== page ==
KYLIN TALK | Weekly Markets Update 11.02.2019
Last week started with a positive tone for risk-based assets and saw equities moving higher. The latter part of the week was characterized by increased volatility, generated by news that acted as fuel to the fears of a global slowdown.
On Wednesday, the market was expecting the Reserve Bank of Australia (RBA) to have a balanced stance. The RBA Governor, Phillip Lowe, surprised the markets in his post-decision statement by not only talking about rate hikes, but perhaps weighing up the benefits that could be sought from a rate cut. Whilst the pause in interest rates was expected, mention of cuts caught the markets by surprise and the first casualty was the Australian currency which immediately lost more than 1% in value against the US Dollar. Lowe highlighted the global trade war, the rise of global populism, Britain’s complicated exit from the European Union and political headwinds in the United States among downside risks for the RBA’s outlook. Reflecting those concerns, the interest rate futures market was pointing towards an increase probability of a rate cut by the end of 2019, with a 25 basis points cut seen by mid-2020. We also saw the India Central Bank unexpectedly cut the repurchase rate by 25 bp to 6.25%.
On Thursday the European Commission cut the 2019 growth outlook for the region from 1.9% to 1.3%. The worst downward revision coming for Italy, where the forecast dropped from 1.2% to 0.2%, the worst seen in the unified bloc to date. Naturally this generated a sharp spike in Italian bond yield. Italy has already recorded one quarter of contraction, which might imply that the Italian economy could move into a technical recession if another quarter of contraction is recorded.
On the commodities side, OPEC proposed a formal Oil production alliance with Russia in order to counterbalance the dominance of US Oil production at a global level. If this agreement materializes, the deeper production cuts could be the catalyst for higher oil prices.
Last week’s key economic readings still indicated strong domestic demand. The U.S. service sector activity, indicated solid expansion, however, not at the record pace seen in previous months. U.S November factory orders did see an unexpected fall. The focus this week in the US will be on avoiding another partial Government shutdown, with a deadline for Friday 15th.
In the UK, a second vote on Prime Minister Theresa May’s Brexit deal looks to be scheduled for 25th February, and we are finally seeing the Labour party providing conditional support behind the current proposal, providing agreement of 5 key legally binding conditions: a permanent and comprehensive UK wide custom union, a close alignment with the single market, agreement on future security arrangements and commitments on UK participation in EU agencies and funding programmes. Meanwhile, the EU agreed to resume Brexit talks in an effort to break the longstanding political deadlock. However, EU leaders have again rejected Prime Minister Theresa May’s request to reopen the previously completed withdrawal agreement.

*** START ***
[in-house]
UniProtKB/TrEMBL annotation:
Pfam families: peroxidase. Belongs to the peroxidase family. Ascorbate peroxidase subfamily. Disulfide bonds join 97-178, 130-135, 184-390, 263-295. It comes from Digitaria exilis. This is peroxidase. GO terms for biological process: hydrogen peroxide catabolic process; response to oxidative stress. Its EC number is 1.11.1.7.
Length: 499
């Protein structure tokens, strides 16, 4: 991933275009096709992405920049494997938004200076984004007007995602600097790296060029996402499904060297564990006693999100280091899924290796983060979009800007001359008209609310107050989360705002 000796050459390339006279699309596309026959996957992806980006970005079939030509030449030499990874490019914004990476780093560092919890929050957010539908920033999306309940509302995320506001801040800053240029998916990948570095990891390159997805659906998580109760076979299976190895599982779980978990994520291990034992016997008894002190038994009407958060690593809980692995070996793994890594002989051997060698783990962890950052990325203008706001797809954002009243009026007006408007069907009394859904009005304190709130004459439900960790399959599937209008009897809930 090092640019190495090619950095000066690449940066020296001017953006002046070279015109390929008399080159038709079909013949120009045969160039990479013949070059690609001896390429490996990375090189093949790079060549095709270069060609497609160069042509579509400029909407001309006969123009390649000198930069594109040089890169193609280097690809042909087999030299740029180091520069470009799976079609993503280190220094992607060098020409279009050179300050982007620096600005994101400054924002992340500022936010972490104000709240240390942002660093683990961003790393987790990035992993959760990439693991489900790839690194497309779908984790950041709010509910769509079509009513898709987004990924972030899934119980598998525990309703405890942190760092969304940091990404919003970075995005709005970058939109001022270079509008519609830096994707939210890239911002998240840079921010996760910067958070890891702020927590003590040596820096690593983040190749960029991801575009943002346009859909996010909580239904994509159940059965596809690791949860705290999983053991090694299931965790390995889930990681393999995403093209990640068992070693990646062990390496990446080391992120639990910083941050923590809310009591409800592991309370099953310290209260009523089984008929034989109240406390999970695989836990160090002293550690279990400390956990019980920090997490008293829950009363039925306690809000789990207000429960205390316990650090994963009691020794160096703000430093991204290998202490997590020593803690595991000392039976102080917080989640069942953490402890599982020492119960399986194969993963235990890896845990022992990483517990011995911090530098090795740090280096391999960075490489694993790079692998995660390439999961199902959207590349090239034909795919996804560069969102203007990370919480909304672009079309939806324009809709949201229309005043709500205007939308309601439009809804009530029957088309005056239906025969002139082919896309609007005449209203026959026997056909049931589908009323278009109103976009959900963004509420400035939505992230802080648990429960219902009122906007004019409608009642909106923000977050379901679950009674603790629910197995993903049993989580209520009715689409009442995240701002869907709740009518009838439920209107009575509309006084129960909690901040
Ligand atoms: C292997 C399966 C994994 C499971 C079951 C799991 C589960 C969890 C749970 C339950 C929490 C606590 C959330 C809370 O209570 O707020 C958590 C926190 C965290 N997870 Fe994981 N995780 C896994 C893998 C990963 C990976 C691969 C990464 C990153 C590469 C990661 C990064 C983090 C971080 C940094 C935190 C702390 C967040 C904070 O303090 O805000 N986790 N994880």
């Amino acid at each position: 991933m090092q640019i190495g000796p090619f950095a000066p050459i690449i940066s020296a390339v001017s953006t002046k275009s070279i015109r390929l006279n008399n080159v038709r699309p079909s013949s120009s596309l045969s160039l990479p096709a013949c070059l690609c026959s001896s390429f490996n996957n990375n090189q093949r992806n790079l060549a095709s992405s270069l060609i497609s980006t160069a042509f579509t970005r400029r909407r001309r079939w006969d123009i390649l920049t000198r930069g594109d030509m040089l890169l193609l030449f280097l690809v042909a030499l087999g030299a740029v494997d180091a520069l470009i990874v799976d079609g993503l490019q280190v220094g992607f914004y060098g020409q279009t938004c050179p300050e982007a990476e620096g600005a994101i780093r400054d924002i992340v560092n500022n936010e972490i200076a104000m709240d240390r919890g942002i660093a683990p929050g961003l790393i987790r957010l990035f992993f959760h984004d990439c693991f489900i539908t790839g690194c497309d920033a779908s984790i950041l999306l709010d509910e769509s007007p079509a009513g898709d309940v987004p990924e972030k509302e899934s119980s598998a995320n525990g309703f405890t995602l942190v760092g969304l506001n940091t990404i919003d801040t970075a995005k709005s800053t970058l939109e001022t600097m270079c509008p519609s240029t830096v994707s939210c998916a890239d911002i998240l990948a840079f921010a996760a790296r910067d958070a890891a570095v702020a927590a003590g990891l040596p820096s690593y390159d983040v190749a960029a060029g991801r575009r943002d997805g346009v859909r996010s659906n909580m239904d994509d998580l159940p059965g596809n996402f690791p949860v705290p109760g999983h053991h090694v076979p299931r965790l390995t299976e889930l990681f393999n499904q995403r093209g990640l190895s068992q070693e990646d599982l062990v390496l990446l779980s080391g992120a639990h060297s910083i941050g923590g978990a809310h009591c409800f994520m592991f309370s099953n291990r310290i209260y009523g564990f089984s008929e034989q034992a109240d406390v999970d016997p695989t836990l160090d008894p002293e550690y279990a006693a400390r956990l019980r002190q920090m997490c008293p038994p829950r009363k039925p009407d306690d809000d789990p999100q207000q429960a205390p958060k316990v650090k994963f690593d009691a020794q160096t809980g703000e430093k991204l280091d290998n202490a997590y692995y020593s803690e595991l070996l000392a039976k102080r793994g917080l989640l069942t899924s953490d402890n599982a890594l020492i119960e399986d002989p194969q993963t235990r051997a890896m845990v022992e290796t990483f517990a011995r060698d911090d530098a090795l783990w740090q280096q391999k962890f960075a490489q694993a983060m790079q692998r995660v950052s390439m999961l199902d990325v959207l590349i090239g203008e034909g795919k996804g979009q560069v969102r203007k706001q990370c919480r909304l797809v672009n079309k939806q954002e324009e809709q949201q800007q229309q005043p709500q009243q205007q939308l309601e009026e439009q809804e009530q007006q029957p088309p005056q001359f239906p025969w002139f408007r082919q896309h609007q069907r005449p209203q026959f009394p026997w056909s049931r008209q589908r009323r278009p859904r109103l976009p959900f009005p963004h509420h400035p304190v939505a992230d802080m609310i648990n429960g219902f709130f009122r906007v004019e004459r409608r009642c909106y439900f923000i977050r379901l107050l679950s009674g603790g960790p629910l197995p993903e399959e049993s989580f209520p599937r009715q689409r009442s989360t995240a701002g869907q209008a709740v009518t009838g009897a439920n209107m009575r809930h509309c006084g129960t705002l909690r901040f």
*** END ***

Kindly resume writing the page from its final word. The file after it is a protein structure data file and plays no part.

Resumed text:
Alongside the unknowns of Brexit, UK Interest rates remained on hold last week, as expected as The Bank of England (BoE) left UK interest rates unchanged. With concerns of the unknown prevailing, they also elected to cut UK growth expectations to 1.2% for the year from 1.7%. Coupled with the impending deadlines for Brexit negotiations and lower growth forecast, the Pound traded heavier on the week, finishing the week nearly a cent lower with GBP/USD at 1.2936.
The Week Ahead
Monday - Market will pay attention to the UK Q4 of 2018 GDP reading, which is expected to show a 0.2% expansion. We also see the UK Manufacturing Production numbers and receive German and Eurozone ZEW data.
Tuesday - US “Jolts” opening December job data is expected to come in at around 7 million new jobs. After last month, where the data showed a 0.14 Million miss of the number expected, the markets will need to see a strong pullback or at least stabilization. Late in the session we also have the Reserve Bank of New Zealand interest rate decision, where no change is expected. But after the RBA opened the door to potential cuts, there will be great interest in the RBNZ’s thoughts for their rate outlook and inflation expectations.
Wednesday - Inflation readings in the US and UK. For the US. a 0.2% increase is expected. In the afternoon session we will also receive the weekly Oil Data.
Thursday - Most important data will be Germany’s Q4 GDP that is expected to show a modest 0.1% expansion. We will also receive the Eurozone GDP data.
Friday – In the UK, Retail Sales numbers are expected to recover from the -0.9% last month to 0.2% for January. Eurozone trade balance is also forecast to bring a slightly more positive return. In the US session we see key University of Michigan consumer sentiment and inflation data.
© Kylin Prime Group 2019